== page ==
Shaking with emotion, the victims of Barry Bennell told of their decades of trauma inflicted by the paedophile football coach who destroyed their lives.

After Bennell was convicted Thursday of 43 counts of child sex abuse, the middle-aged men he raped and abused as boys said they had finally received justice.

They had dreamed of making it as professional footballers, but spoke instead of lives lived in shame, thinking nobody would believe them.

Andy Woodward’s decision to go public about his ordeal gave a flood of others the courage to come forward, leading to a case that revealed the underbelly beneath the global glitz of English football.

“I knew he was prolific, I knew he was on an industrial scale, I didn’t know so many people would have the courage to come forward,” Woodward said outside Liverpool Crown Court in northwest England.

“I’m so proud of every single one of them.”

He said wanted an apology at long last from Crewe Alexandra, the club where Bennell coached, and wanted the Football Association governing body to take action.

“Now’s the time,” the 44-year-old said.

The court heard how victims were abused by Bennell at his home, in his car and on trips and holidays.

Dozens of complainants against Bennell have come forward since Woodward spoke out and hundreds more have accused other coaches of abusing them.

– Football dream became nightmare –

Fighting back tears, fellow victims told how their lives had been dominated by Bennell’s abuse — until now.

“We were little boys with a dream and our innocence was shattered. Our dream was turned into the most horrendous nightmare,” said Micky Fallon.

“For decades we held our silence — just like our abuser told us to.

“That fear never, ever leaves you. The fear not only of abuse but fear that you will not be believed if you speak out.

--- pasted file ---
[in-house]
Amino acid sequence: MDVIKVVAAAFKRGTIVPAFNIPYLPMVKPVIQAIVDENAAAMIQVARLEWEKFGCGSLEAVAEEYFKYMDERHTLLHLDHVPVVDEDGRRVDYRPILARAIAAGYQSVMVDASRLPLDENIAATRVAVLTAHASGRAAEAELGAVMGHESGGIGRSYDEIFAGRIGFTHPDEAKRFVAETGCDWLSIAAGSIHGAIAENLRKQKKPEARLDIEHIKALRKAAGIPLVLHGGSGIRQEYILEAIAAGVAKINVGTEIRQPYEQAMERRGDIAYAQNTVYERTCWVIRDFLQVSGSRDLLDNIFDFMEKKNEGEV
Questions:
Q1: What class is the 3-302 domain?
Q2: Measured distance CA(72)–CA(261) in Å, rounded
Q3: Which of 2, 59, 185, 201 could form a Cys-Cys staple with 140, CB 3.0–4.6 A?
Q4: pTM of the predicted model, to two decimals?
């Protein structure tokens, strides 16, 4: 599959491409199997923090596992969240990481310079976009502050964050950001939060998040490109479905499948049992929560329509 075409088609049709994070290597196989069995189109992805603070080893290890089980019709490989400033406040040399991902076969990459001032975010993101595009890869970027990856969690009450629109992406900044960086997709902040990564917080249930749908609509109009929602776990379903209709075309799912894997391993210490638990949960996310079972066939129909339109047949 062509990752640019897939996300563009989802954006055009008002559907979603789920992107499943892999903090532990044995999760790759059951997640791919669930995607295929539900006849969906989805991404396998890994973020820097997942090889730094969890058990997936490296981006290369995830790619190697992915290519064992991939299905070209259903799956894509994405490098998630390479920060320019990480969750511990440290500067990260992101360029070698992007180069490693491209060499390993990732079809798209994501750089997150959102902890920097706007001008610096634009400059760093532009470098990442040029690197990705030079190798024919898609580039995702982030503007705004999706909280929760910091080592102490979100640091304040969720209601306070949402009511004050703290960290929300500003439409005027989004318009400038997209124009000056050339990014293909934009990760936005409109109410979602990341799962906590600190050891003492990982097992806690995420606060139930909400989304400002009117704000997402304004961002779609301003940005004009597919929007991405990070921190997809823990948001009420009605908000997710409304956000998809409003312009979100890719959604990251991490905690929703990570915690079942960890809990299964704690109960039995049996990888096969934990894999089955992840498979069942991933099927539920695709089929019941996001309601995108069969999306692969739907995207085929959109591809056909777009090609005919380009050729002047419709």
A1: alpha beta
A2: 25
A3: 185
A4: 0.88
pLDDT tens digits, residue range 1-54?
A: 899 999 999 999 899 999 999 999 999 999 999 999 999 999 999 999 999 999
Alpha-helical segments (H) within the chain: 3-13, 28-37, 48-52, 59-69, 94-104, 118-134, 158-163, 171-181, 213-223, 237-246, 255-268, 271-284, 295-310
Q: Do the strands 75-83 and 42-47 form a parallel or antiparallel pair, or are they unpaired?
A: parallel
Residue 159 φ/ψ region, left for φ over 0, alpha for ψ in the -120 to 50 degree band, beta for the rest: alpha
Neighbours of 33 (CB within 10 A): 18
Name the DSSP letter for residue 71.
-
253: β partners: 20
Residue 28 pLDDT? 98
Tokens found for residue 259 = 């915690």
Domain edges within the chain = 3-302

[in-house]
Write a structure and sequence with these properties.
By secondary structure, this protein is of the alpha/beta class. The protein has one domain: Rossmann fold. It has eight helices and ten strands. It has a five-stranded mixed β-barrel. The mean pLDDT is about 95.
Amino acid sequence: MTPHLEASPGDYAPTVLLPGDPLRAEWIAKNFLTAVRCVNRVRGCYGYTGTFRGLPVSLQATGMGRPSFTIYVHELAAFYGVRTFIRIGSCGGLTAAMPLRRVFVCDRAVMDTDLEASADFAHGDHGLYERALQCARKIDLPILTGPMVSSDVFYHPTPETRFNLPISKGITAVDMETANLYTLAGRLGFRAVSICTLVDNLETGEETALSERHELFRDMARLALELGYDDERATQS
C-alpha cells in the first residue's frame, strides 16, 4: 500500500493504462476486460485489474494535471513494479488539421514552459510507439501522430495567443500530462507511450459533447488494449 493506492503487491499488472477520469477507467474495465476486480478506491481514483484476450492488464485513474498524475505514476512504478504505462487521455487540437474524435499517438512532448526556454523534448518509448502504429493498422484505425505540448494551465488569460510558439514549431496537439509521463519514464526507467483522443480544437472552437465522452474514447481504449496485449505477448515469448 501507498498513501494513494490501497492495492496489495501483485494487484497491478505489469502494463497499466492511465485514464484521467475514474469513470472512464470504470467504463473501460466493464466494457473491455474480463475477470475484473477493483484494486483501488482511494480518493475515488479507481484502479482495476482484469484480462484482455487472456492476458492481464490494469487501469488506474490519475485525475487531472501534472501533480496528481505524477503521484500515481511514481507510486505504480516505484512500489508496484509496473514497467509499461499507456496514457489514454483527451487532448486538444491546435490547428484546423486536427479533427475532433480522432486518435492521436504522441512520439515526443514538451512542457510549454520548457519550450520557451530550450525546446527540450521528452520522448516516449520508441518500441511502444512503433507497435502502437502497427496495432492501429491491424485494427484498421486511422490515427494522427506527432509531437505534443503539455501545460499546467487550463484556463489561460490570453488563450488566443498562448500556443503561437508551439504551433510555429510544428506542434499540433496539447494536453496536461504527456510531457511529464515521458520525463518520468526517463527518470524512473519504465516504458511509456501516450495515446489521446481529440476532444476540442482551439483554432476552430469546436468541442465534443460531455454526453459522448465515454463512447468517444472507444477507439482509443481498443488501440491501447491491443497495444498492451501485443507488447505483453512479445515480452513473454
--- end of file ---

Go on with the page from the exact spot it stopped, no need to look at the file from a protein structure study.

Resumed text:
“We broke the silence and we took back our voice. We are no longer afraid of you, Barry Bennell.

“Today justice was done and you no longer have any power over us. You are nothing to us at all.

“The stolen voices of a generation have been heard.”

Former Crewe player Steve Walters, 46, said his parents trusted the club and thought he was safe, but for years, boys were systematically groomed “in plain view”.

“How can it be that no one realised something was wrong?” he asked.

“We suffered because of a disgusting predator but we also suffered sometimes because the sport we loved decided that the reputation of a coach, club or a sport was put above the protection of children.

“No survivor should face the fear, the shame, the nightmares alone. No child should suffer the way we did.

“Please — never let this happen again.”

Chris Unsworth, who was abused by Bennell when he was a scout at Manchester City, reached out to other child sex abuse victims.

“Our case was about abuse that took place decades ago. But child sex abuse is happening today and it is destroying lives,” he said.

“You are not alone. We believe you and we will support you.”

Written By

With 2,400 staff representing 100 different nationalities, AFP covers the world as a leading global news agency. AFP provides fast, comprehensive and verified coverage of the issues affecting our daily lives.